Love For Alpacas & Peacocks Keeps KiTri Farms Running

The mother-and-daughter duo behind the Ontario-based KiTri Farms tells us how their animals have helped them through periods of pandemic isolation.

by Phillip Mlynar
PHOTO: KiTri Farms

KiTri Farms is an Everett, Ontario-based family farm run by the mother-and-daughter team of Trish and Trinity. The venture started nine years ago as a way to harness their love of alpacas.

“We were drawn to their cuteness, of course!” the duo explain via email. “But we also learned they had very calm temperaments, which we thought would be fantastic first additions to a farm!”

From those early alpaca roots, KiTri Farms grew to include dwarf pygmy goats, calico sheep and a range of peacocks, ducks and emus, many rescues and re-homed animals.

We spoke to Trish and Trinity about the mischievous nature of their goats and how their animals helped them get through early COVID-19 lockdowns. We also got to touch on the importance of Carl the peacock to the farm.

The Alpaca Effect


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“Our farm started nine years ago with just four female alpacas that needed a new home because they could not be bred due to complications,” recall Trish and Trinity as they look back on the origin of KiTri Farms.

“We brought them to our farm to live out the rest of their lives. And that’s how our hobby farm started!”

Read more: Get to know adorable alpacas!

Taking Stock of the Resident Animals


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Today, KiTri Farms homes a veritable smorgasbord of animals. The list of residents currently includes 40 chickens, 19 goats, seven sheep, and three each apiece of ducks, emus, donkeys and miniature pigs.

“We said we would only stick with our alpacas nine years ago. [But] when an animal needed a home or a friend for companionship, our farm family slowly grew,” they say.

When Goats Get Mischievous


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Trish and Trinity immediately hold up their goats as the most mischievous members of KiTri Farms.

“They have us constantly keeping an eye on them to make sure no one is getting into trouble! They jump over fencing, some will open gates by themselves and they are constantly trying to find weak spots in our fences. The grass is always greener on the other side in goat world!”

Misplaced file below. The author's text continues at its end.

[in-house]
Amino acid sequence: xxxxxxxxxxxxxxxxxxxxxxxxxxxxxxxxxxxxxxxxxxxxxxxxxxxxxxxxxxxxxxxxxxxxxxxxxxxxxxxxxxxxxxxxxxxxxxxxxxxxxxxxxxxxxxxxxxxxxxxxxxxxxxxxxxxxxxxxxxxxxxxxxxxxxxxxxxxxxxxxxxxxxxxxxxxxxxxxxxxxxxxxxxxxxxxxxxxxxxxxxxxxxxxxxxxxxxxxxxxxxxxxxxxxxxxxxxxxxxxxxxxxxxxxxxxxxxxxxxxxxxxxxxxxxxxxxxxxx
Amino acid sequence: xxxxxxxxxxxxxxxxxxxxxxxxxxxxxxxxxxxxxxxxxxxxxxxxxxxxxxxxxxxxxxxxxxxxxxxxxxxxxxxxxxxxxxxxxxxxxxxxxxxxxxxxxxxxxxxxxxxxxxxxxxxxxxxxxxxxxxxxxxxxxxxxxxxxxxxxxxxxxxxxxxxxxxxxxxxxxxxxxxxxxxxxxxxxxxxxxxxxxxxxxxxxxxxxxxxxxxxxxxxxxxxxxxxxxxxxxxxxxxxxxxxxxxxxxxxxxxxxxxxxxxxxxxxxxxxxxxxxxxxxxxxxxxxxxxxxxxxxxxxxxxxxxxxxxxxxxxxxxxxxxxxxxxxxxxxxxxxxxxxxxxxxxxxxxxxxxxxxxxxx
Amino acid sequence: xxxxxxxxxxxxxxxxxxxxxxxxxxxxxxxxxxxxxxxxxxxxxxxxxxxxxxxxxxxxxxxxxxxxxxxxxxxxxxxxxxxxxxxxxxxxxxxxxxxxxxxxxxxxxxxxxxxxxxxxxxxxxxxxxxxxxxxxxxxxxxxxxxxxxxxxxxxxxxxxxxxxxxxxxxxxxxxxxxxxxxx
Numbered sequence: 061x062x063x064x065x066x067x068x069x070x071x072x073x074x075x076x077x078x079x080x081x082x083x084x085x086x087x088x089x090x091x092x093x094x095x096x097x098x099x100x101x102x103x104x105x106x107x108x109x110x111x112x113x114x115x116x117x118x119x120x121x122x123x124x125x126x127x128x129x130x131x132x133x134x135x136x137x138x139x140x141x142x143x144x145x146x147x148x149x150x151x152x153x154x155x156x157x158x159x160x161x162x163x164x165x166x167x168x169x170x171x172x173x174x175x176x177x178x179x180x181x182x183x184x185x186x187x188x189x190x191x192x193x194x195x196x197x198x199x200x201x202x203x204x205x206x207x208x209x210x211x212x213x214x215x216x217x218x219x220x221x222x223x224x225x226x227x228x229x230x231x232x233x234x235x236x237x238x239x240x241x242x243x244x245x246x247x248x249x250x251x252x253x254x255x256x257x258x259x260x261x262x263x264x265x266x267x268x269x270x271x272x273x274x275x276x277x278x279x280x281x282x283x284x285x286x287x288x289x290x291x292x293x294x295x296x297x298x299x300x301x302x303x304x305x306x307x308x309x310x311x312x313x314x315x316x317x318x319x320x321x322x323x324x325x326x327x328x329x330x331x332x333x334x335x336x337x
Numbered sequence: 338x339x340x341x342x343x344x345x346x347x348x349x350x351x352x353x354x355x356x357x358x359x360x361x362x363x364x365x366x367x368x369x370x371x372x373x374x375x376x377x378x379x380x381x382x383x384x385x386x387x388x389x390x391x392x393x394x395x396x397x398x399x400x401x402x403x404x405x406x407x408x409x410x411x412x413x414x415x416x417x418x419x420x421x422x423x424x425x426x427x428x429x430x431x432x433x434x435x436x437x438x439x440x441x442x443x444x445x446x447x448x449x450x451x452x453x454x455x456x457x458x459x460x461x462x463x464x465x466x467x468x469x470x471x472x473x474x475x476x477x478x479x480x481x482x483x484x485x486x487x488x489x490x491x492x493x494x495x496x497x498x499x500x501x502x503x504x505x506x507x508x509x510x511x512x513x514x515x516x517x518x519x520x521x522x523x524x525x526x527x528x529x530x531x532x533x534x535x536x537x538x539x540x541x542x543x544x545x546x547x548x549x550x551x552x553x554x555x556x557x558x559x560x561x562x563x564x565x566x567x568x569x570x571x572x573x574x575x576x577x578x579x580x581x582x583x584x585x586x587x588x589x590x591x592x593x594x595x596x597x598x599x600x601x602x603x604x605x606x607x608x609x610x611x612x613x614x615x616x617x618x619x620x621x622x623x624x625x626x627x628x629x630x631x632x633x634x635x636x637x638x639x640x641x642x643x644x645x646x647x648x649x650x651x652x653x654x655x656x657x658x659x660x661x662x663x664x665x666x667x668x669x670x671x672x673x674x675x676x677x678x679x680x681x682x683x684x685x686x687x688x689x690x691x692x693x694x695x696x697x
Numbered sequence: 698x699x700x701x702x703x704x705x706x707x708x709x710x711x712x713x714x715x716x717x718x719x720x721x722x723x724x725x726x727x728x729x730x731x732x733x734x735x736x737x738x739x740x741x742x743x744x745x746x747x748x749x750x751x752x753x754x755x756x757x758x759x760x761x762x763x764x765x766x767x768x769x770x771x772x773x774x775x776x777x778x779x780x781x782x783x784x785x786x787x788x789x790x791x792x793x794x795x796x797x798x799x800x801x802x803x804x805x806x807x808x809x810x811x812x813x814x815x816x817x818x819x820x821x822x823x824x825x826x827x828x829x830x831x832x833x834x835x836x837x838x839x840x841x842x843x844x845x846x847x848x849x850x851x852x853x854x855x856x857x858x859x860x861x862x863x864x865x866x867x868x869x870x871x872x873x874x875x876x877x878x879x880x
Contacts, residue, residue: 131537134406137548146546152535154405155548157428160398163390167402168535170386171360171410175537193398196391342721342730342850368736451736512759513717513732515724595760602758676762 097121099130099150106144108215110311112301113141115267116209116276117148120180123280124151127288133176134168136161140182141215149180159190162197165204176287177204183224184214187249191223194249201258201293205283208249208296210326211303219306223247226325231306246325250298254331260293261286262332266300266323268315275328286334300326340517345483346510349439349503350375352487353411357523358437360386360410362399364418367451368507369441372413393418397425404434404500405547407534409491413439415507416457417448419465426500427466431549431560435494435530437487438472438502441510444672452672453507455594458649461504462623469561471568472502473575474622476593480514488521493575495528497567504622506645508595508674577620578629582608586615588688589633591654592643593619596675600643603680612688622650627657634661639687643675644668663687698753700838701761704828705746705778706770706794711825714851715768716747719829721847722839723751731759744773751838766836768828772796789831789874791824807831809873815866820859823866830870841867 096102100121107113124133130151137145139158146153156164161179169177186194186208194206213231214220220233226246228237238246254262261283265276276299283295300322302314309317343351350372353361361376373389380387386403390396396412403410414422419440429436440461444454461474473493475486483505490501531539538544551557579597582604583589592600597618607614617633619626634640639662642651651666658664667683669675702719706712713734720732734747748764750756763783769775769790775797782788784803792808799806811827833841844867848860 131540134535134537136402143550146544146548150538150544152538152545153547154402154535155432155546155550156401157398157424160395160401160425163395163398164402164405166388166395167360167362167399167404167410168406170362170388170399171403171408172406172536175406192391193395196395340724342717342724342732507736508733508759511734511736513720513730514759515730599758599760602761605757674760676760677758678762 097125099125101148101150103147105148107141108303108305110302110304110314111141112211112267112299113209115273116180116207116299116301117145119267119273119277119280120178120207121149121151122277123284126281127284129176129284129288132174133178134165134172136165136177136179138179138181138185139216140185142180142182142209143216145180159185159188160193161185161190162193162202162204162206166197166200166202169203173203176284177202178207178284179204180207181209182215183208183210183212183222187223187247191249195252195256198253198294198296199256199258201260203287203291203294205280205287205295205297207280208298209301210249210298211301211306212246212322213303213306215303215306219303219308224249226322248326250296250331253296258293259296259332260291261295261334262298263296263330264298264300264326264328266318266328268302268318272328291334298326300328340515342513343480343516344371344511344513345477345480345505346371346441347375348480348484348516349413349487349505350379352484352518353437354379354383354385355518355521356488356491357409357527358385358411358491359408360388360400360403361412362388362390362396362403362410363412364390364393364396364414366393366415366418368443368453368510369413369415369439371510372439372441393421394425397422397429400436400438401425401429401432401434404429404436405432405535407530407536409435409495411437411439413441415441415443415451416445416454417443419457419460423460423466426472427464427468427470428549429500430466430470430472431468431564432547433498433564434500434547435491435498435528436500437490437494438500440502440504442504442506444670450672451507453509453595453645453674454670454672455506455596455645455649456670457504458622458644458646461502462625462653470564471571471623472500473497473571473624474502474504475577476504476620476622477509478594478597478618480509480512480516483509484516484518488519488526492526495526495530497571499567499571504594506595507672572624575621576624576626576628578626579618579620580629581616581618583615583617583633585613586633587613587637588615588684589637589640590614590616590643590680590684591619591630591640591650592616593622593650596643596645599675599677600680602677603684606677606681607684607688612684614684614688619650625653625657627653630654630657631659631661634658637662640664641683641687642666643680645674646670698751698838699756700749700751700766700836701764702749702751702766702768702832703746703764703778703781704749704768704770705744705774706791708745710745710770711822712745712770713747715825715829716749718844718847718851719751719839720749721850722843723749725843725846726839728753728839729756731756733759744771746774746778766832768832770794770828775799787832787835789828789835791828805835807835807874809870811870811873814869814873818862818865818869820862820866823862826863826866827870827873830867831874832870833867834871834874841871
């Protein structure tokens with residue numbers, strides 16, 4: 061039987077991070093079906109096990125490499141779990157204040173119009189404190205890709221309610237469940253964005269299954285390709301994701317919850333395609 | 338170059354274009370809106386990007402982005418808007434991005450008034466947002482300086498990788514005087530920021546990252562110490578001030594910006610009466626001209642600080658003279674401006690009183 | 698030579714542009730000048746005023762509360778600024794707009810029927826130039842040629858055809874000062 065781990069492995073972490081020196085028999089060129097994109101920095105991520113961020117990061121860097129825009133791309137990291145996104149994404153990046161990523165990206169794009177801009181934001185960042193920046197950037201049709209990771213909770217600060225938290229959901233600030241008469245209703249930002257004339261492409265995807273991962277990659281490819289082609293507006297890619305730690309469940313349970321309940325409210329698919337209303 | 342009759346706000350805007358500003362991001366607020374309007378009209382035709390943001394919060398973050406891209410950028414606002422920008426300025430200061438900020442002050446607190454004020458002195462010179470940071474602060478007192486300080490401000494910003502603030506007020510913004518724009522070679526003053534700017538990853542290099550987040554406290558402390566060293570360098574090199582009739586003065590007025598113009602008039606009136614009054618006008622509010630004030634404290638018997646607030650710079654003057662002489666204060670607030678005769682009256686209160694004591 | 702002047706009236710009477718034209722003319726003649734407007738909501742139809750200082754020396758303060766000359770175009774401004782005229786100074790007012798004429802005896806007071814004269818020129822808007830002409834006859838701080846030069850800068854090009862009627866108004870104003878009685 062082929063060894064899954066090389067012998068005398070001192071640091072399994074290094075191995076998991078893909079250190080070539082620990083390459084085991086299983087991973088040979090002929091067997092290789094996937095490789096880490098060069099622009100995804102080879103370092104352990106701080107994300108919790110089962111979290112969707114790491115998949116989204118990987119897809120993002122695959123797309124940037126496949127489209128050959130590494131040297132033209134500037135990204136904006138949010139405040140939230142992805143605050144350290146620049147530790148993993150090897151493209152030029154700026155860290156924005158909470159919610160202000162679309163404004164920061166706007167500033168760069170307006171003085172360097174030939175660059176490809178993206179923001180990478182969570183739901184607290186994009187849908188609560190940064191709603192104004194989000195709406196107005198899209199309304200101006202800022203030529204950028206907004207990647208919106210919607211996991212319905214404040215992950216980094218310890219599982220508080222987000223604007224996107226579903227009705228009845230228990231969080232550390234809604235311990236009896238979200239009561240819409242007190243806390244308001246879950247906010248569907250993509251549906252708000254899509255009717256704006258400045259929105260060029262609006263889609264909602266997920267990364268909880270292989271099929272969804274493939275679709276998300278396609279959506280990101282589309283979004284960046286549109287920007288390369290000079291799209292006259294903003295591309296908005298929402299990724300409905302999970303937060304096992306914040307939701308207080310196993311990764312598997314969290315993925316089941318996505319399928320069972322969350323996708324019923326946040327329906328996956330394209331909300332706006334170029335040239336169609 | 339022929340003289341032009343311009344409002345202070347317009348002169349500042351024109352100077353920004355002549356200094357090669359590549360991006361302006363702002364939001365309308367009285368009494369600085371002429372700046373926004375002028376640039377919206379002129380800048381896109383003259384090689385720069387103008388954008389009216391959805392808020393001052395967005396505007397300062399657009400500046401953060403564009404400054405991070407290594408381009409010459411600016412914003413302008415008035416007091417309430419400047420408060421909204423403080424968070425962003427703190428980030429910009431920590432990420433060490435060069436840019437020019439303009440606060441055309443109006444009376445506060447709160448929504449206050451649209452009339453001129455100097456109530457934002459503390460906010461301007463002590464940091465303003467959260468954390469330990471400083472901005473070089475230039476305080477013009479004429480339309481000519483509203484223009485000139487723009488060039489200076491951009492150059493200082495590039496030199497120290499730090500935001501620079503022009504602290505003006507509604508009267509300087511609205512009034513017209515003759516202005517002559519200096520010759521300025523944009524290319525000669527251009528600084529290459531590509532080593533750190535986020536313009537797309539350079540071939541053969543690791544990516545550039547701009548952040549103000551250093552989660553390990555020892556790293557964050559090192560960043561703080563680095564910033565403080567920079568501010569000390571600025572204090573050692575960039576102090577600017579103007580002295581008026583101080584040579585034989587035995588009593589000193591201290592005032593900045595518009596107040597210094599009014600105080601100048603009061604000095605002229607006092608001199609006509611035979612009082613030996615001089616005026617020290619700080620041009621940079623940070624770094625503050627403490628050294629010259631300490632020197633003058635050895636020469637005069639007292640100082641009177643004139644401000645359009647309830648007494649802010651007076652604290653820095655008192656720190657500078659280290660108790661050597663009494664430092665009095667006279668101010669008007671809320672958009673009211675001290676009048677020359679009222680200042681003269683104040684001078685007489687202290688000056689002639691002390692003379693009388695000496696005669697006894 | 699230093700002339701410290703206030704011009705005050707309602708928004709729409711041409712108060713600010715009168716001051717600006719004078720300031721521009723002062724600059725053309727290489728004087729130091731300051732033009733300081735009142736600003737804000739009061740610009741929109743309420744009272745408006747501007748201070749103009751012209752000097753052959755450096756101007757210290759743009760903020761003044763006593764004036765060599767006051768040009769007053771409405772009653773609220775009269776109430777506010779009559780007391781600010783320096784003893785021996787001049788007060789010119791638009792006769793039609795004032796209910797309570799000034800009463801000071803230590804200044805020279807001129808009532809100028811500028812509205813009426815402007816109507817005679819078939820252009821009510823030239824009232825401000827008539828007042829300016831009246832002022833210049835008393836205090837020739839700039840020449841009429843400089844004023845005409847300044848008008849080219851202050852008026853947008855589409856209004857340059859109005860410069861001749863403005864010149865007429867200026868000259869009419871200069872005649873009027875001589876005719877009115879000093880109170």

They add that one of the farm’s early goats actually came to them with the name Trouble. Trouble subsequently proceeded to teach the other goats how to jump over fences.

Read more: Goats and chickens make a dynamic duo when pastured together.

The Legacy of Carl the Peacock


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One of the stars of KiTri Farms is a peacock named Carl. He came to join the ranks after Trish and Trinity checked out a bird livestock sale and noticed “an adult peacock jammed into a tiny cage.”

Naturally, they scooped Carl up and added him to the farm.

“We had no idea how personable and comical peacocks were until we had them free-roaming around our property,” they say. “Carl’s great-grandkids are now the extremely friendly and curious peacocks that roam around our property today, causing mischief and laughs.

“They are very social birds and love being around people.”

Animals Help to Alleviate Feelings Of Isolation


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“Through COVID, we realized just how fortunate we are to be able to experience the life we are living,” say Trish and Trinity.

“Through the tough times of isolation and lockdowns, we depended so much on our animals’ affection to get us through it. Looking back at that time now solidifies that being able to experience their unconditional love is the most rewarding part of having our family hobby farm.”

They also recently added limited private visits to KiTri Farms in an effort to “help share the healing qualities of animals and nature, just as we experience daily.”

Follow KiTri Frams at Instagram.

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